If you live in Maryland you may have noticed the roadside billboards that read “Buzzed driving is drunk driving.” This may or may not be true depending on your tolerance for alcohol. What is definitely true is that you don’t have to be knock-down-drag-out-drunk to face steep penalties. Maryland has a two-tier drunk driving statute. The lower of the two offenses is Driving While Impaired (DWI) and the more severe is Driving Under the Influence (DUI). Both carry the possibility of jail time, the loss of your privilege to drive and fines. The only sure fire way to stay safe, protect others on the road and avoid punishment is to not drive at all if you have alcohol in your body.
A police officer who pulls you over and suspects that alcohol is affecting your driving may ask you to submit to a field sobriety test to determine if your coordination, vision or judgment is impaired. You will also be asked to provide a breath sample to determine your Blood Alcohol Content (BAC). Urine tests are less common to measure for BAC but can detect the presence of other substances in your bloodstream such as marijuana or other drugs.
A police officer cannot force you to take a field sobriety test. However, there are automatic penalties for choosing not to submit to the tests. If you refuse to take the field sobriety test, your license will automatically be suspended for 120 days for your first refusal. If your job or lifestyle requires driving on a daily basis, you may be able to avoid the license suspension by installing an ignition interlock system, which requires blowing into a breathalyzer before your car will start, for an entire year. If you refuse to take a field sobriety test during a second or third suspected alcohol-impaired driving situation, your license may be suspended for an entire year. Upon DUI or DWI conviction, there may be additional penalties including a fine of up to $1,000 and a year in prison.
If you take the field sobriety test, your BAC is less than .08, and you show other signs of impairment, you can still be charged with DWI. If you blow a BAC of .08 or higher, your charge will be elevated to a DUI. If you are under age 21 (Maryland’s legal drinking age) and blow a BAC of .02, you will be charged with a DUI as an adult. Your criminal exposure is even worse if you have minor children in the car at the time or are involved in an accident that injures someone.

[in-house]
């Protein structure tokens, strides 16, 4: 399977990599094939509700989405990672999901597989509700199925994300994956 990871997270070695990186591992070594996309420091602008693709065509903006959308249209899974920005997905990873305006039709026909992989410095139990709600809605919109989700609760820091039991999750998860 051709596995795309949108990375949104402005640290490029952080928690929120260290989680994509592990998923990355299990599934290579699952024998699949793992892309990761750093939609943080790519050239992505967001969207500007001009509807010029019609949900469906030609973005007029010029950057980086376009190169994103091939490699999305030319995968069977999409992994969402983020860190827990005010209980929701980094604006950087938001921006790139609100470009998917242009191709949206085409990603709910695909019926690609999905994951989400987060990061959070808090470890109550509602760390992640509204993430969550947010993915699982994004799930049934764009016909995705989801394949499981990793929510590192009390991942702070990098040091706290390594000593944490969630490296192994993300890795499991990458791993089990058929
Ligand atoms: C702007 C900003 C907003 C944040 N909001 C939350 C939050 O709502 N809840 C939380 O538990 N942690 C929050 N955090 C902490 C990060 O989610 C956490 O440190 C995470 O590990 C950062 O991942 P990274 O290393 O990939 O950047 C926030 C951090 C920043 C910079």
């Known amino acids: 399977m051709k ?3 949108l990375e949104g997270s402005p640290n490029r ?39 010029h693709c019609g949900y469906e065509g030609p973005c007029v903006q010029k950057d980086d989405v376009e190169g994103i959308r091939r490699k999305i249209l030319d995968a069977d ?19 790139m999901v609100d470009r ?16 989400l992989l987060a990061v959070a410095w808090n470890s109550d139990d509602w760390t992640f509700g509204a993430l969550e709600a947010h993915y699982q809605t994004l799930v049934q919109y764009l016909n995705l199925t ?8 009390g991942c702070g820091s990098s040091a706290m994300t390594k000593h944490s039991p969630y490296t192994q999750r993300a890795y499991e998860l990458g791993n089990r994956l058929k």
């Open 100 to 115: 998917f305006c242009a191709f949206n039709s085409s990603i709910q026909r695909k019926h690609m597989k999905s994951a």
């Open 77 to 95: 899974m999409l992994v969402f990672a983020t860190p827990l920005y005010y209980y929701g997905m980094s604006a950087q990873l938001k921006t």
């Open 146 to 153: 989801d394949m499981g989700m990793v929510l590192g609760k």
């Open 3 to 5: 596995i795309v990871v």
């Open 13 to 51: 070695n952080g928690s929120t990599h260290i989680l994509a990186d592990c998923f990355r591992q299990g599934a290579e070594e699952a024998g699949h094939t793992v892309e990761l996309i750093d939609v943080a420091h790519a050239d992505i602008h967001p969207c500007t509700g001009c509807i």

The field sobriety tests are not easy even if you are sober. They involve acts of coordination and following sometimes vague instructions from the police officer. Even if you only feel buzzed, it is likely that you will fail at least some parts of the test resulting in a charge that you will have to defend in court. If convicted of DWI you could receive up to two months in jail and a fine of up to $500. For a DUI the potential penalties increase to a year in jail and/or a $1000 fine. In addition to these penalties you could lose your license, have it suspended or be required to install an interlock device on your car that requires you to blow into it every time you want to start your car. Subsequent offenses carry even more severe penalties.
The most serious consequence of drinking and driving is the threat that an impaired driver poses to his or her own safety and the safety of others on the road. Add the potential legal consequences to the equation and it’s easy to see how “just a few drinks” can turn into a nightmare with serious legal consequences. Using a sober driver is the best way to avoid a DWI or DUI conviction. However, if you have been charged with either of these acts, an attorney at Ferrante & Dill, LLC can help you navigate the criminal justice system.
This blog post that is published by Ferrante & Dill is only available for informational purposes and should not be considered legal advice. By viewing these blog posts, the reader understands there is no attorney-client relationship between the blog publisher and the reader. The blog post should not be used as a substitute for legal advice from a licensed professional attorney, and we recommend readers to consult their own legal counsel on any specific legal questions concerning a specific situation.